The impact of Brexit is still a massive unknown, but the real danger is that companies stand still whilst waiting for clarity. FERMA will continue to monitor the latest Brexit developments and what it means for insurance programmes and risk management.

Do you believe FERMA can guide Europe through this period of change?

I remember the experience, especially in the days before satellite navigation, of arriving at a crossroads where it was hard to tell which direction to take. Perhaps the signs were unclear or roadworks blocked the route I once knew. Now of course, you have GPS and while the computer will take you through the shortest route, it ca still take you down an unmade road at some risk to your suspension.

Today, in many ways, we are at such a crossroads. Our ultimate destination is a prosperous and sustainable future for Europe, our enterprises and communities. In order for this journey to be successful, we will have to positively manage our risk taking and make decisions about the route. I believe that the risk management community is in a strong position to support those making the decisions.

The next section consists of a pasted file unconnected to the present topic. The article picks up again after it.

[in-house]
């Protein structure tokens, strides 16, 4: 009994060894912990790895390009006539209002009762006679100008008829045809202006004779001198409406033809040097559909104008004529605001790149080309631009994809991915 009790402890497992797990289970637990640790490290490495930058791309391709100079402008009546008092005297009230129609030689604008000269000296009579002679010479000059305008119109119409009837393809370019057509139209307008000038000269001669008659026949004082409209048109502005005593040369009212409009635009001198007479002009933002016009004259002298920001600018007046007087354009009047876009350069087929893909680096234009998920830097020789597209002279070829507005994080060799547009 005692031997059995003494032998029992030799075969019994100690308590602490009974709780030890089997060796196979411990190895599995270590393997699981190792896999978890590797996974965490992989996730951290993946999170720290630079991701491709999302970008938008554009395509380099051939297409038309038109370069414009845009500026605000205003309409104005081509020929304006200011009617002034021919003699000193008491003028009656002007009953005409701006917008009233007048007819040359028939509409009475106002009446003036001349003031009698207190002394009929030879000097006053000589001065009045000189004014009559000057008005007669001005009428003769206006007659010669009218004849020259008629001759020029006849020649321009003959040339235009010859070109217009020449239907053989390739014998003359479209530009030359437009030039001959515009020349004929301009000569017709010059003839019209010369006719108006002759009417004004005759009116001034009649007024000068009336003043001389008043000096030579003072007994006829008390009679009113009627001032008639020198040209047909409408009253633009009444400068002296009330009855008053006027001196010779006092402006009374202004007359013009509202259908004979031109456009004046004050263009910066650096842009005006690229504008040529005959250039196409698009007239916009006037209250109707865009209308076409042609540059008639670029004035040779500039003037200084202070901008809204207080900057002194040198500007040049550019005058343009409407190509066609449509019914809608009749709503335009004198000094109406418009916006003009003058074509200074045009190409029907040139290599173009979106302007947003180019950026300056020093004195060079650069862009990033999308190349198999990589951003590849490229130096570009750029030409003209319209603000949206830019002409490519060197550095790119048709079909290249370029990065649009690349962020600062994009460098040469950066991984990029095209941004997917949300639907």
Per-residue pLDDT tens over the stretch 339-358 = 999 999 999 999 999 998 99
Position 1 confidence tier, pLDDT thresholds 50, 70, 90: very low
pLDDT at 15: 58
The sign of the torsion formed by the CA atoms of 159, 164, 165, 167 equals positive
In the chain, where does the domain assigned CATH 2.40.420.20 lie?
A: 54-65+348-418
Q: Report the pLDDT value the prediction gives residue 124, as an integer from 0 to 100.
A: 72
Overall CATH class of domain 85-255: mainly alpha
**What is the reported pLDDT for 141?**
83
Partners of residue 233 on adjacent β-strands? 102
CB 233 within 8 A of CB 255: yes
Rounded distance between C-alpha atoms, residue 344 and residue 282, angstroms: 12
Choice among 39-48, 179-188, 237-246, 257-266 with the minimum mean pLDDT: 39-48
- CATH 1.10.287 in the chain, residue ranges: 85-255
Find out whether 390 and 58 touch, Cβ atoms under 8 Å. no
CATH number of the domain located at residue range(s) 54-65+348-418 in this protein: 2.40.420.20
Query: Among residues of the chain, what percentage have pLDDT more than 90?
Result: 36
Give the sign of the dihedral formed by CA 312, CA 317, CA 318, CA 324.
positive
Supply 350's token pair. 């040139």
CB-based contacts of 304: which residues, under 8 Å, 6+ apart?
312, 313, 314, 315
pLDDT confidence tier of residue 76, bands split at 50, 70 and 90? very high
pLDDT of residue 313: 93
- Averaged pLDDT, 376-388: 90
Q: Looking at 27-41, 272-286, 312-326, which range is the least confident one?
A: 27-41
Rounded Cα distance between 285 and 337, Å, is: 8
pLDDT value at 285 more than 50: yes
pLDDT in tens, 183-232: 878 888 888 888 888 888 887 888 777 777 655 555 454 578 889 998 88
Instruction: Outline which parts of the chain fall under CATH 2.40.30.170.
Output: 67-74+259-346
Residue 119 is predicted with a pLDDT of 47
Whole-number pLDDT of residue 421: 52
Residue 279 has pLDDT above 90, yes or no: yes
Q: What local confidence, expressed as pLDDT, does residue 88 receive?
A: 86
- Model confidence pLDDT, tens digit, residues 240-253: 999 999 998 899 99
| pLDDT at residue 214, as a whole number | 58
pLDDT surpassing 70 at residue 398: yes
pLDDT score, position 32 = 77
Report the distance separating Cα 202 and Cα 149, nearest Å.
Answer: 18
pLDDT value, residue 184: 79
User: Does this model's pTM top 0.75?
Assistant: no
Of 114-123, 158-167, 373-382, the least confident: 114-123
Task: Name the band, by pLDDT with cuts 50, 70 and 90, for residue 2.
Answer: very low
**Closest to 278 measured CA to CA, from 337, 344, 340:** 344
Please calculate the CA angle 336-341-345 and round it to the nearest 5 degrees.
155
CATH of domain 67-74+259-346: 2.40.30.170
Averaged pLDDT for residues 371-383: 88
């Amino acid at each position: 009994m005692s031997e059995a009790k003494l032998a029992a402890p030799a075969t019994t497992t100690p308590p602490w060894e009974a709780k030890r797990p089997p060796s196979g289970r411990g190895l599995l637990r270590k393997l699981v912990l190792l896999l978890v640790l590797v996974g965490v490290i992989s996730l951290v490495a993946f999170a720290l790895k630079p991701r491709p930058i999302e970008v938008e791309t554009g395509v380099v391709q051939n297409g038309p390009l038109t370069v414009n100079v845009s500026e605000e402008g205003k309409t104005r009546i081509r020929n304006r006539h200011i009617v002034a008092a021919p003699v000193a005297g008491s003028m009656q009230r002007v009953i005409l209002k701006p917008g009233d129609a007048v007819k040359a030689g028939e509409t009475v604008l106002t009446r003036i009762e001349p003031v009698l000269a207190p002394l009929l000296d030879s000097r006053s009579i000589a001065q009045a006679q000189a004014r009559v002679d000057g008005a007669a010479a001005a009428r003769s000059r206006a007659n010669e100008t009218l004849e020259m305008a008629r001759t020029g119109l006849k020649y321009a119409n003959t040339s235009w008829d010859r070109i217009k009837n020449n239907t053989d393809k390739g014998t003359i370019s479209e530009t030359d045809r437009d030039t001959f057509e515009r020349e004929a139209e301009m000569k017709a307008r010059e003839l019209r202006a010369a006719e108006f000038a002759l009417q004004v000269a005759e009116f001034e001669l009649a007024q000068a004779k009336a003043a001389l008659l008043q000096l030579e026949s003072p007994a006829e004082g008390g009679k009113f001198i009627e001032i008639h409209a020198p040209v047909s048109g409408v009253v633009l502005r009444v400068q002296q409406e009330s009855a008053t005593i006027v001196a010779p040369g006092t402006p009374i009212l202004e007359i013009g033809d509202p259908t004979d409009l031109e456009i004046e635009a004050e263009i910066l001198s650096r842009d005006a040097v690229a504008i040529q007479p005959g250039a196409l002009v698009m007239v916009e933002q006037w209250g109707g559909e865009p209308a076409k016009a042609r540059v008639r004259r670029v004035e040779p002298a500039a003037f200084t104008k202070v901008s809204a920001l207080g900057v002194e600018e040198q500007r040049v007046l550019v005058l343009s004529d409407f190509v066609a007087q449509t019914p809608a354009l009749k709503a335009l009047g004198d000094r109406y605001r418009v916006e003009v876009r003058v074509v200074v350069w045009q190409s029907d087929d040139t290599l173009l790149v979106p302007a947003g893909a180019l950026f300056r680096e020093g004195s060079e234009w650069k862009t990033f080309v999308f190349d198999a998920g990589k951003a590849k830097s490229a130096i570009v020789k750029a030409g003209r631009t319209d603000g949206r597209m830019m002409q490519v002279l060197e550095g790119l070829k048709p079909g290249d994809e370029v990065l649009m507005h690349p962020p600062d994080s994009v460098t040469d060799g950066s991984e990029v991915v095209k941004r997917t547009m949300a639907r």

Considering the situation from a European business, risk management and insurance perspective, FERMA’s role is to lead the way in this journey utilizing expertise, experience, communication and education. At the end of our time together, I believe you will have confidence in the value of our chosen profession(s) and view us among the guides for future travels. Let me quote Matthieu Ricard, a Nepalese French scientist and Buddhist monk: "At each point in our lives, we are at a crossroads. We are the fruit of our past and we are the architects of our future...”

Taking into account how fast technology is progressing and what’s happening now, what are Europe’s challenges for the future?

‘Europe at a crossroads’ was the title of our keynote session during our last Forum in Monte Carlo and given the scope and pioneering nature of the European Union, it’s not surprising to find it’s encountered difficulties since inception. But the EU has always emerged strengthened. Brexit and the risk of fragmentation within the Union has awakened other EU Member States to the need to be positive about the future of Europe.